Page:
cash flow hedges are recorded in OCI as a component of Losses on derivatives qualifying as hedges in the accompanying Consolidated Statement of Comprehensive Income. The Company incurred a loss of Euro 2.9 million ($3.2 million) due to the termination of these swaps. The loss is being amortized as interest expense over the life of the Euro Senior Notes - 2016.
During the fourth quarter of 2016 and the first quarter of 2017, the Company entered into interest rate swap agreements to hedge the anticipated issuance of fixed-rate debt, which are designated as cash flow hedges. The various hedge instruments were settled upon issuance of the debt on May 18, 2017 and resulted in a loss of approximately $5.3 million. As discussed in Note 6, the loss is being amortized as interest expense over the life of the Senior Notes - 2017.
The effective portions of cash flow hedges are recorded in OCI as a component of Losses/gains on derivatives qualifying as hedges in the accompanying Consolidated Statement of Comprehensive Income.
The following table shows the notional amount of the Company’s derivative instruments outstanding as of September 30, 2017 and December 31, 2016: 
(DOLLARS IN THOUSANDS)
September 30, 2017
 
December 31, 2016
Foreign currency contracts
$
756,631

 
$
527,500

Interest rate swaps
150,000

 
412,500


The following tables show the Company’s derivative instruments measured at fair value (Level 2 of the fair value hierarchy), as reflected in the Consolidated Balance Sheets as of September 30, 2017 and December 31, 2016: 
 
September 30, 2017
(DOLLARS IN THOUSANDS)
Fair Value of
Derivatives
Designated as
Hedging
Instruments
 
Fair Value of
Derivatives Not
Designated as
Hedging
Instruments
 
Total Fair
Value
Derivative assets (a)
 
 
 
 
 
Foreign currency contracts
$
1,171

 
$
14,335

 
$
15,506

 
$
1,171

 
$
14,335

 
$
15,506

Derivative liabilities (b)
 
 
 
 
 
Foreign currency contracts
$
9,942

 
$
2,016

 
$
11,958

Interest rate swaps
604

 

 
604

 
$
10,546

 
$
2,016

 
$
12,562

 
December 31, 2016
(DOLLARS IN THOUSANDS)
Fair Value of
Derivatives
Designated as
Hedging
Instruments
 
Fair Value of
Derivatives Not
Designated as
Hedging
Instruments
 
Total Fair
Value
Derivative assets (a)
 
 
 
 
 
Foreign currency contracts
$
13,765

 
$
7,737

 
$
21,502

Interest rate swaps
335

 

 
335

 
$
14,100

 
$
7,737

 
$
21,837

Derivative liabilities (b)
 
 
 
 
 
Foreign currency contracts
$
46

 
$
2,209

 
$
2,255

Interest rate swaps
725

 

 
725

 
$
771

 
$
2,209

 
$
2,980

 
(a)
Derivative assets are recorded to Prepaid expenses and other current assets in the Consolidated Balance Sheet.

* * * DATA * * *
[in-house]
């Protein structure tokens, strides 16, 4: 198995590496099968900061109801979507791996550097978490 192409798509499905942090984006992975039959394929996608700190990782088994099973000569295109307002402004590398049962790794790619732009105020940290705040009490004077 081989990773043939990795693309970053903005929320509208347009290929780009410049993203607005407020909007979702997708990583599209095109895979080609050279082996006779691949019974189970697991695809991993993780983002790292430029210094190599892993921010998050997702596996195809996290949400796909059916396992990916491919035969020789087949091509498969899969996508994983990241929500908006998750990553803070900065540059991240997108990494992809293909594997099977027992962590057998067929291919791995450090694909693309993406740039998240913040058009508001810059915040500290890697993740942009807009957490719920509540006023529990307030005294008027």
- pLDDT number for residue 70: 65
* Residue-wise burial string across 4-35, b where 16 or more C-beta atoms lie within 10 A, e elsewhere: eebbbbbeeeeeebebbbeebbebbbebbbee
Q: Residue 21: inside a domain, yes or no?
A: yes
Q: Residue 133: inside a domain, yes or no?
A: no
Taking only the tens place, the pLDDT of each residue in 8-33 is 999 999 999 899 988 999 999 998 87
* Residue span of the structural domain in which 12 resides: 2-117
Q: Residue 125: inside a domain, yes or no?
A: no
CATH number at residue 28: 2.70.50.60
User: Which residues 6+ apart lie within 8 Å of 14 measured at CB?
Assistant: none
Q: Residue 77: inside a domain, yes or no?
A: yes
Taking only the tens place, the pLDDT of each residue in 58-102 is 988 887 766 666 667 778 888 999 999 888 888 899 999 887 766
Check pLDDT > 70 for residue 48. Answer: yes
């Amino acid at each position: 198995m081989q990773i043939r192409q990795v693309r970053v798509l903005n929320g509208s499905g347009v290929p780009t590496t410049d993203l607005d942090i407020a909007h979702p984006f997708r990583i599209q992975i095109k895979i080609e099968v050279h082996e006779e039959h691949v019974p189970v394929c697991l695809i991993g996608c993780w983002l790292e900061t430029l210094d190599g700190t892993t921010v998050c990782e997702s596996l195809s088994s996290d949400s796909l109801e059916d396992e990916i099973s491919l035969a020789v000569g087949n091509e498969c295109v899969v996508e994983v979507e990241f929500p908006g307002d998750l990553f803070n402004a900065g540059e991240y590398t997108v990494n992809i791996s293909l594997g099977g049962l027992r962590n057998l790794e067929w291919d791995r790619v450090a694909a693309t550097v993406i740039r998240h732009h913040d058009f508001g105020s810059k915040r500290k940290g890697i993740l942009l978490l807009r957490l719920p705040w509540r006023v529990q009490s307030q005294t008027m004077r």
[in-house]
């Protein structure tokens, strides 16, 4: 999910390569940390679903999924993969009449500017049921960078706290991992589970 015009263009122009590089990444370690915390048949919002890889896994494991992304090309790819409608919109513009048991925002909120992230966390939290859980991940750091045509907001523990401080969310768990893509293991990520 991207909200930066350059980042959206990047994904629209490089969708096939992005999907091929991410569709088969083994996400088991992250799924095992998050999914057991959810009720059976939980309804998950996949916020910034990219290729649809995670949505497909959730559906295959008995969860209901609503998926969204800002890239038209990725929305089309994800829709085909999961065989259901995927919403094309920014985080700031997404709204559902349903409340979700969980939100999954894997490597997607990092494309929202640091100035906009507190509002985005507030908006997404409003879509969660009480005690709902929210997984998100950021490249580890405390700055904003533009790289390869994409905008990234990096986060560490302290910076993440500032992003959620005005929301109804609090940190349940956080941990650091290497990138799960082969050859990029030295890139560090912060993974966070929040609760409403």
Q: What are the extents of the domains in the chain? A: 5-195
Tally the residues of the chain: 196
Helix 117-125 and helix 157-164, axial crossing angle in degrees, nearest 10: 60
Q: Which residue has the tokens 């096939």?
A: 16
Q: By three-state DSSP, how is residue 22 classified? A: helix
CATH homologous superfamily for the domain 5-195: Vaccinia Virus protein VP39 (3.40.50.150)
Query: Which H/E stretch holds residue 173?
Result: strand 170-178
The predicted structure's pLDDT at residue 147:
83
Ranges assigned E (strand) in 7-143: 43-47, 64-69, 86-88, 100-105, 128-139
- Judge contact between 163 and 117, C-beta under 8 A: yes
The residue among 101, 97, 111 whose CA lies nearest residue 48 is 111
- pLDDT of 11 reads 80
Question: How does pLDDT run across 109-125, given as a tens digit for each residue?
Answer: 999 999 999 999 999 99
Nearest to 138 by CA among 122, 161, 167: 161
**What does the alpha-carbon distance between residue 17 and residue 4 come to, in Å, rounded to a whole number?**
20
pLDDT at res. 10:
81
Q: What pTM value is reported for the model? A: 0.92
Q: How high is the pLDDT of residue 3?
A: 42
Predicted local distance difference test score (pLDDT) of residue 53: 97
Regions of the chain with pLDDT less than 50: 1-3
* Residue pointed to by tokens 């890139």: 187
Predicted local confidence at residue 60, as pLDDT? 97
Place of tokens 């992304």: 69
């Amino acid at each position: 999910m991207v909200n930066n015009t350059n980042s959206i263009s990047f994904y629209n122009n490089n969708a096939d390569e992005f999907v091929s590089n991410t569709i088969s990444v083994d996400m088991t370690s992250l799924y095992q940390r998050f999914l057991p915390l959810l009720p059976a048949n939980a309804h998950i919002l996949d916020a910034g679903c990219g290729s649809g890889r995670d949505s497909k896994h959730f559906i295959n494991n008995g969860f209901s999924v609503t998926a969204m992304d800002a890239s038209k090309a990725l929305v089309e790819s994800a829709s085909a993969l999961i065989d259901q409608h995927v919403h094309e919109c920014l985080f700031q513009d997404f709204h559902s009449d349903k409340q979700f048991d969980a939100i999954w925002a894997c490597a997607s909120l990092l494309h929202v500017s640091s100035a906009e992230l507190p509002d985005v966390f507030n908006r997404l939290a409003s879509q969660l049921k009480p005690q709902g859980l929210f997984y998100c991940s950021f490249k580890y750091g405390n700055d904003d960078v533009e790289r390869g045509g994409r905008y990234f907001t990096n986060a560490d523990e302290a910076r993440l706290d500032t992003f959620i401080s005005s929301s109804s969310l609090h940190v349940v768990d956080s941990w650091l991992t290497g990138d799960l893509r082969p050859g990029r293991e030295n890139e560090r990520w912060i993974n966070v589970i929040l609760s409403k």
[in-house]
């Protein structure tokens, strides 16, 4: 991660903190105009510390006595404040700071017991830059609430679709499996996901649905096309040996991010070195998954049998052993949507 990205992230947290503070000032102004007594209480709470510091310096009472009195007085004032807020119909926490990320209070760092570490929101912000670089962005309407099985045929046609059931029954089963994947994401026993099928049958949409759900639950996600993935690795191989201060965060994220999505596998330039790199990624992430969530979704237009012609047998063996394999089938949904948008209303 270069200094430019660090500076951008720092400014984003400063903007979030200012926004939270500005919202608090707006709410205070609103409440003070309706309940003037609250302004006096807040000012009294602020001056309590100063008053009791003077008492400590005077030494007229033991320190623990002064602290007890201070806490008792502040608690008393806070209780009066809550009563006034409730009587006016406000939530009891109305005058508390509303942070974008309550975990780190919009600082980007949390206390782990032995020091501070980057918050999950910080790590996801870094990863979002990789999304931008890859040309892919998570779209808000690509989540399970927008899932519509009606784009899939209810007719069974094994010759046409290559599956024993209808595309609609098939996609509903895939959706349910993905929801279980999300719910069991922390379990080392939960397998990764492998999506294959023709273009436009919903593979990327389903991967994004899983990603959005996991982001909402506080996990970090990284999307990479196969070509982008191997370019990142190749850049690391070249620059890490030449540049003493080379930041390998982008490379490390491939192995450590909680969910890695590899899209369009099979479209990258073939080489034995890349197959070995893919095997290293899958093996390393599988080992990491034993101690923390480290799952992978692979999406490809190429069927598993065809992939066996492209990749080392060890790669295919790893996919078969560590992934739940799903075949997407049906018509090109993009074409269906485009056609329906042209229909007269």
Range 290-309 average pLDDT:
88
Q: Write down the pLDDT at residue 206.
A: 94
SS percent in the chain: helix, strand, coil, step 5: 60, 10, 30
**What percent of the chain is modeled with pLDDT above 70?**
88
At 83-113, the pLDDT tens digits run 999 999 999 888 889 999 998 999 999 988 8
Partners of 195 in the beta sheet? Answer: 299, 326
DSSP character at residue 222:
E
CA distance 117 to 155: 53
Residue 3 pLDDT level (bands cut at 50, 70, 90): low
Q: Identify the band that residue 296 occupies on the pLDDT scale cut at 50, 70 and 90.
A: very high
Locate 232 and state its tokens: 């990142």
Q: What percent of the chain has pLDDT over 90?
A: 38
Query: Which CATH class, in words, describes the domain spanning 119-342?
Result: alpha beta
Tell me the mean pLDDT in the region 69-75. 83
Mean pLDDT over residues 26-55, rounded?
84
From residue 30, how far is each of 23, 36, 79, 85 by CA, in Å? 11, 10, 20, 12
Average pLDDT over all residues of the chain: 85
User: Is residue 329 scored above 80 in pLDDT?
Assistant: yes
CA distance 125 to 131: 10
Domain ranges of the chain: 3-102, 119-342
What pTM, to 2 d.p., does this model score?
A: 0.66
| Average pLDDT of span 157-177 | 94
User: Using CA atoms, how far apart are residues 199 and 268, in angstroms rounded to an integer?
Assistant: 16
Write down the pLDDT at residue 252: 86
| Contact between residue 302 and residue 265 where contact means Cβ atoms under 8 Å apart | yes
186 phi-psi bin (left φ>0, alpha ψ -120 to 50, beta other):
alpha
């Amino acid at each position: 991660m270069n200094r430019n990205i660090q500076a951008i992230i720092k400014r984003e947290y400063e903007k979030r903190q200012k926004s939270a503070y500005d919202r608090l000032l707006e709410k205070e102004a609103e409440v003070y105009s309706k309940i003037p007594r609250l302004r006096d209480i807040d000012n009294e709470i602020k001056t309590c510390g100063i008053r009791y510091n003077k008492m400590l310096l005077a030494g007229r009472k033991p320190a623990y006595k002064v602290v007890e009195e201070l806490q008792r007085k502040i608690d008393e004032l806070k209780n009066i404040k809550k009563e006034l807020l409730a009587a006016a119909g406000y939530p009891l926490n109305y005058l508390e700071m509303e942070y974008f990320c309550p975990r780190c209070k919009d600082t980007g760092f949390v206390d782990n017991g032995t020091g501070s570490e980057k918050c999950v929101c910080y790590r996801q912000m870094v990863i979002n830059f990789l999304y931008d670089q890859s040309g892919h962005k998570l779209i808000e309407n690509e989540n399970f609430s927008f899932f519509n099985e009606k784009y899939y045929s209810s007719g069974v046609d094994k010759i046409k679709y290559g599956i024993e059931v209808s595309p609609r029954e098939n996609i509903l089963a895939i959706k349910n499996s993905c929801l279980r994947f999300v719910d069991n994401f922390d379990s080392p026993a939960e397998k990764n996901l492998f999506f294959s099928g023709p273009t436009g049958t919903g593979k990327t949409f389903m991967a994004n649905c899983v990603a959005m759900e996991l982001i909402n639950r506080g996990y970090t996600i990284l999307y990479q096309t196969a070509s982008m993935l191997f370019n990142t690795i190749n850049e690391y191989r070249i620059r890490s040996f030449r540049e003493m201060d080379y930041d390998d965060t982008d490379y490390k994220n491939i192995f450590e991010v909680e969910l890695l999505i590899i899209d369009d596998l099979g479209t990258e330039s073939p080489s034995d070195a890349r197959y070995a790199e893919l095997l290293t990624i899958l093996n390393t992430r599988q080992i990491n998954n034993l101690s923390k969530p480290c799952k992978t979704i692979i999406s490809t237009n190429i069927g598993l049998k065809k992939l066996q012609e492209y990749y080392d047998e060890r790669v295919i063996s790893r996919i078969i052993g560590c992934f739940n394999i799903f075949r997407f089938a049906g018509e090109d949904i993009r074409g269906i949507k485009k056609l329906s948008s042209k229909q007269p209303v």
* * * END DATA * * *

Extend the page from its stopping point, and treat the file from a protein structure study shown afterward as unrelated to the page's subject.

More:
(b)
Derivative liabilities are recorded as Other current liabilities in the Consolidated Balance Sheet.



The following table shows the effect of the Company’s derivative instruments which were not designated as hedging instruments in the Consolidated Statement of Comprehensive Income for the three and nine months ended September 30, 2017 and 2016 (in thousands): 

15




Derivatives Not Designated as Hedging Instruments
Amount of Gain (Loss)
Recognized in Income on
Derivative
 
Location of Gain (Loss)
Recognized in Income
on Derivative
 
Three Months Ended September 30,
 
 
 
2017
 
2016
 
 
Foreign currency contracts
$
4,024

 
$
(3,313
)
 
Other (income) expense, net
Derivatives Not Designated as Hedging Instruments
Amount of Gain (Loss)
Recognized in Income on
Derivative
 
Location of Gain (Loss)
Recognized in Income
on Derivative
 
Nine Months Ended September 30,
 
 
 
2017
 
2016
 
 
Foreign currency contracts
$
(9,157
)
 
$
(6,860
)
 
Other (income) expense, net
Most of these net gains (losses) offset any recognized gains (losses) arising from the revaluation of the related intercompany loans during the same respective periods.
The following table shows the effect of the Company’s derivative instruments designated as cash flow and net investment hedging instruments, net of tax, in the Consolidated Statements of Comprehensive Income for the three and nine months ended September 30, 2017 and 2016 (in thousands): 
 
Amount of (Loss) Gain
Recognized in OCI on
Derivative (Effective
Portion)
 
Location of (Loss) Gain
Reclassified from AOCI into
Income (Effective Portion)
 
Amount of (Loss) Gain
Reclassified from
Accumulated OCI into
Income (Effective
Portion)
 
Three Months Ended September 30,
 
 
 
Three Months Ended September 30,
 
2017
 
2016
 
 
 
2017
 
2016
Derivatives in Cash Flow Hedging Relationships:
 
 
 
 
 
 
 
 
 
Foreign currency contracts
$
(4,229
)
 
$
98

 
Cost of goods sold
 
$
1,815

 
$
(544
)
Interest rate swaps (1)
216

 
171

 
Interest expense
 
(216
)
 
(171
)
Derivatives in Net Investment Hedging Relationships:
 
 
 
 
 
 
 
 
 
Foreign currency contracts
(1,130
)
 
(224
)
 
N/A
 

 

Euro Senior notes - 2016
(11,861
)
 
(2,856
)
 
N/A
 

 

Total
$
(17,004
)
 
$
(2,811
)
 
 
 
$
1,599

 
$
(715
)
 
 
 
 
 
 
 
 
 
 
 
Amount of (Loss) Gain
Recognized in OCI on
Derivative (Effective
Portion)
 
Location of (Loss) Gain
Reclassified from AOCI into
Income (Effective Portion)
 
Amount of (Loss) Gain
Reclassified from
Accumulated OCI into
Income (Effective
Portion)
 
Nine Months Ended September 30,
 
 
 
Nine Months Ended September 30,
 
2017
 
2016
 
 
 
2017
 
2016
Derivatives in Cash Flow Hedging Relationships:
 
 
 
 
 
 
 
 
 
Foreign currency contracts
$
(13,505
)
 
$
(6,293
)
 
Cost of goods sold
 
$
4,062

 
$
4,808

Interest rate swaps (1)
(4,027
)
 
(2,830
)
 
Interest expense
 
(573
)
 
(428
)
 
 
 
 
 
 
 
 
 
 
Derivatives in Net Investment Hedging Relationships:
 
 
 
 
 
 
 
 
 
Foreign currency contracts
(4,258
)
 
(694
)
 
N/A
 

 

Euro Senior notes - 2016
(43,050
)
 
6,793

 
N/A
 

 

Total
$
(64,840
)
 
$
(3,024
)
 
 
 
$
3,489

 
$
4,380